Preparation of clinical sample

Human cervical cell specimens (n = 100) used in this study were collected in multiple times from Maternal and Child Health Hospital (MCHH) of Hubei Province, Huazhong University of Science and Technology. The study was approved by the MCHH Committee on Human Research (2020IECXM045). These samples were screened in the clinical laboratory for HPV infection by PCR assays (Tellgen Corporation, Shanghai, China) prior to our assay. The collected samples were anonymized and there is no personal identification data for the individuals. The collected samples were heated at 95 °C for 10 min to release the HPV DNA and stored at −20 °C before use.

Clinical sample testing based on multiplex PCR

The samples were screened in the clinical laboratory for HPV infection by multiplex PCR assays (Tellgen Corporation, Shanghai, China) prior to our assay. Briefly, the HPV DNA released from the sample was amplified by multiplex PCR with biotin-labeled primers. Then the amplicons were hybridized to color-coded microspheres coated with HPV subtype-specific probes. Next, the microspheres were incubated with phycoerythrin (PE)-conjugated streptavidin (SA-PE). After through wash, the microspheres were read on a Luminex 200 system (Luminex Corporation, Texas, USA). The HPV subtypes were determined based on the fluorescent dye signature carried by the microspheres.

On-chip sample testing

First, the samples were amplified via multiplex RPA. The procedure was similar to that described above. One freeze-dried RPA pellet provided the RPA mix required for one sample. First, the rehydration solution was prepared: equimolar quantities of the nine forward primers for the nine subtypes (0.11 µM for each, 2.4 µL of total volume) were mixed with equimolar quantities of the corresponding nine reverse primers (0.11 µM for each, 2.4 µL of total volume), rehydration buffer (29.5 µl), sample (5 µL), and ddH2O (8.2 µL). After through mixing, the rehydration solution was added to resuspend the reaction pellet. Following the addition of magnesium acetate (2.5 µL, 280 µM), the amplification reaction was performed at 39 °C for 20 min. For the negative control, the reaction was set up using ddH2O instead of the sample.

Then, the amplified sample products were tested on the SS-Chip. DMMs for the nine HPV subtypes were prepared as described above in a 1.5 mL centrifuge tube. For the negative control, crRNA was replaced with buffer. The tubes with the DMMs were incubated at 37 °C for 10 min and then transferred to an ice box. Then, 5 µL of the DMMs were added to the 30 reaction wells, with HPV-6, HPV-11, HPV-16, HPV-18, HPV-31, HPV-33, HPV−45, HPV-52, HPV-58, and Negative Control loaded into wells #1–#3, #4–#6, #7–#9, #10–#12, #13–#15, #16–#18, #19–#21, #22–#24, #25–#27, and #28–#30, respectively. The multiplex RPA product of each sample (50 µL) was diluted to 150 µL and injected from the central inlet and mixed with the DMM at each outlet. Then, the SS-Chip was incubated at 37 °C for 15 min and imaged to obtain the readout.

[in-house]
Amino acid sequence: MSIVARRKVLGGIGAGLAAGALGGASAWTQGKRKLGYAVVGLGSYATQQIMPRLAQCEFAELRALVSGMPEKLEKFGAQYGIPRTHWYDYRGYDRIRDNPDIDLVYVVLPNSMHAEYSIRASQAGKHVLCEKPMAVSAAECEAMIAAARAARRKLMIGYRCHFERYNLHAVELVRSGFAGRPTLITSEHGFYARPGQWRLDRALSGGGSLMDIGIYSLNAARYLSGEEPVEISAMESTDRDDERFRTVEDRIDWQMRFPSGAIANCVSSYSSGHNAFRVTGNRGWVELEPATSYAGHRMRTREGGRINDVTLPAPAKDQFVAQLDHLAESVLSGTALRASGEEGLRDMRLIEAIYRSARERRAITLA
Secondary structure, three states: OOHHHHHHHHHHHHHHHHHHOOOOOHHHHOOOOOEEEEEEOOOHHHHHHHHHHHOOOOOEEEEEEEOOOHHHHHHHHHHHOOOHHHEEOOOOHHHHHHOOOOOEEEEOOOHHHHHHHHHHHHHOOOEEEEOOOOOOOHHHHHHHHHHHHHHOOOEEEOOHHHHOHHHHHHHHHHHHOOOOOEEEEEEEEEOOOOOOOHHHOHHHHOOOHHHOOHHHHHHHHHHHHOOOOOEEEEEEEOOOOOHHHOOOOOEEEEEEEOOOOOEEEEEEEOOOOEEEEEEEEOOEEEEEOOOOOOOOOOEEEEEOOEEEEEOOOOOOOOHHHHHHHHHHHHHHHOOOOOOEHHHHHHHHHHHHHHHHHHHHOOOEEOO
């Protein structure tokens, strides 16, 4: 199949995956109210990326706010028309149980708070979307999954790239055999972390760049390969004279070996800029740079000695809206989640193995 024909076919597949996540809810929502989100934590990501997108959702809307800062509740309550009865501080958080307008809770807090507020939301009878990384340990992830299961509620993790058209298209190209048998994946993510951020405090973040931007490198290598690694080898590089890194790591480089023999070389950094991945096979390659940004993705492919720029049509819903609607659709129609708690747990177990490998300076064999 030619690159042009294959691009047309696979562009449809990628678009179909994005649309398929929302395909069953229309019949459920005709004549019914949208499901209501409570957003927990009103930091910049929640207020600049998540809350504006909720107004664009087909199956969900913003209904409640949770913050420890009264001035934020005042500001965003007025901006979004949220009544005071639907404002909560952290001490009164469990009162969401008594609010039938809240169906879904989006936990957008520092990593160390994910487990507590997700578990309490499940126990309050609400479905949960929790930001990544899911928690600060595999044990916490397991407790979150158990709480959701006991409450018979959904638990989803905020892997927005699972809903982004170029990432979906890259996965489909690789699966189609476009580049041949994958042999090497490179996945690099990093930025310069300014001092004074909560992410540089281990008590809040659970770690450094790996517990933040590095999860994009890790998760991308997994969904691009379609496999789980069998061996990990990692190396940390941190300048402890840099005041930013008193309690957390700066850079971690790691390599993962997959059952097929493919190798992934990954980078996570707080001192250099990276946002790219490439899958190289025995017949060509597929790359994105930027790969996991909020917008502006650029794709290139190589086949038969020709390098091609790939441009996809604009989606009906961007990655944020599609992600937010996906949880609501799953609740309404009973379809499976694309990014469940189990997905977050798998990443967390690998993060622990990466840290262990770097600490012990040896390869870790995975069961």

Optical imaging system and image process

EVOSTM M5000 imaging system was used to take the fluorescence images. Each reaction well was imaged under the 10× microscope and a total of 30 pictures were obtained. The acquired pictures were further analyzed using Image J 1.8.0 and Origin 9. To quantitatively measure the fluorescence value of each reaction well, the image was loaded into the Image J software. Then, a few steps were processed as: “Image”, “Color”, “Split Channels”, “Choosing Green channel” and “Analysis of the value of green”.

Design and evaluation of the respiratory virus panel (RVP)

Eight of the most clinically relevant viruses, including influenza B virus (FLUBV), human coronavirus NL63 (HCoV-NL63), human coronavirus OC43 (HCoV-OC43), human respiratory syncytial virus (HRSV), human Coronavirus HKU1 (HCoV-HKU1), SARS-CoV-2, human parainfluenza virus serotype 3 (HPIV-3) and human metapneumovirus (HMPV), were selected. The RPA primers for the RVP were designed following the instructions of the TwistAmp Assay Design Manual using the DNAMAN 9 and CE Design 1.03 tools, similar to the HPV panel. Multiple pairs of primers were designed to target specific gene of each virus (FLUBV, PB1 gene; HCoV-NL63, Orf1ab gene; HCoV-OC43, Orf1ab gene; HRSV, M gene; HCoV-HKU1, Orf1ab gene; SARS-CoV-2, Orf1ab gene; HPIV-3, M gene; and HMPV, F gene; the gene sequences are listed in Supplementary Data 5). Then, single-plex RPA assay was carried out for each pair of primers with a plasmid template (10−10 M, 5 µL). The RPA products were characterized using agarose gel electrophoresis. The optimum primer that produced a relatively denser band was selected out.

Then the crRNA candidates for recognizing the eight respiratory viruses were designed against the amplification region determined by the optimum RPA primers. Next, structural prediction and ΔG calculation were performed using the mFold webserver and OligoAnalyser. The optimum crRNA with the proper secondary structure was selected out based on the predication results. Then the crRNAs were synthesized and evaluated by the 8 × 8 matrix-based activity test. Every crRNA was tested by using the eight respiratory viruses, and (−) was used as Control, in which no plasmid was added.

Next, the 8-plexed RPA assays were performed to amplify the plasmids with a concentration of 10−12 M for each respiratory virus. The amplicons were first tested by the Cas12a-based assay, with the results measured by using a microplate reader. (−) was used as Control, in which no plasmid was added during the RPA assay. Furthermore, MiCaR was applied to measure the products of the 8-plexed RPA assay. To test in triplex, the DMM was added to three adjacent wells. (−) was used as Control, in which no crRNA was added. Then, 150 µL solution containing the 8-plexed RPA products was injected from the central inlet and divided into the 30 outlets to react with the pre-loaded DMM. The SS-Chip was incubated at 37 °C for 15 min and the fluorescence images were captured for each well.

Statistics and reproducibility

Unless specified otherwise, statistical analysis was performed using Origin 9. Standard deviations and mean values were calculated using data from at least three identical assays. The unpaired two-tailed t-test was performed in Excel (Microsoft Office 2019) to compare fluorescence signals of two cohorts. A P-value < 0.05 was considered to be statistically significant. Positive predictive agreement (PPA), negative predictive agreement (NPA), sensitivity, and specificity were calculated using MedCalc (

No statistical method was used to predetermine sample size. No data were excluded from the analyses. The experiments were not randomized. The investigators were not blinded to allocation during experiments and outcome assessment.

Reporting summary

Further information on research design is available in the Nature Research Reporting Summary linked to this article.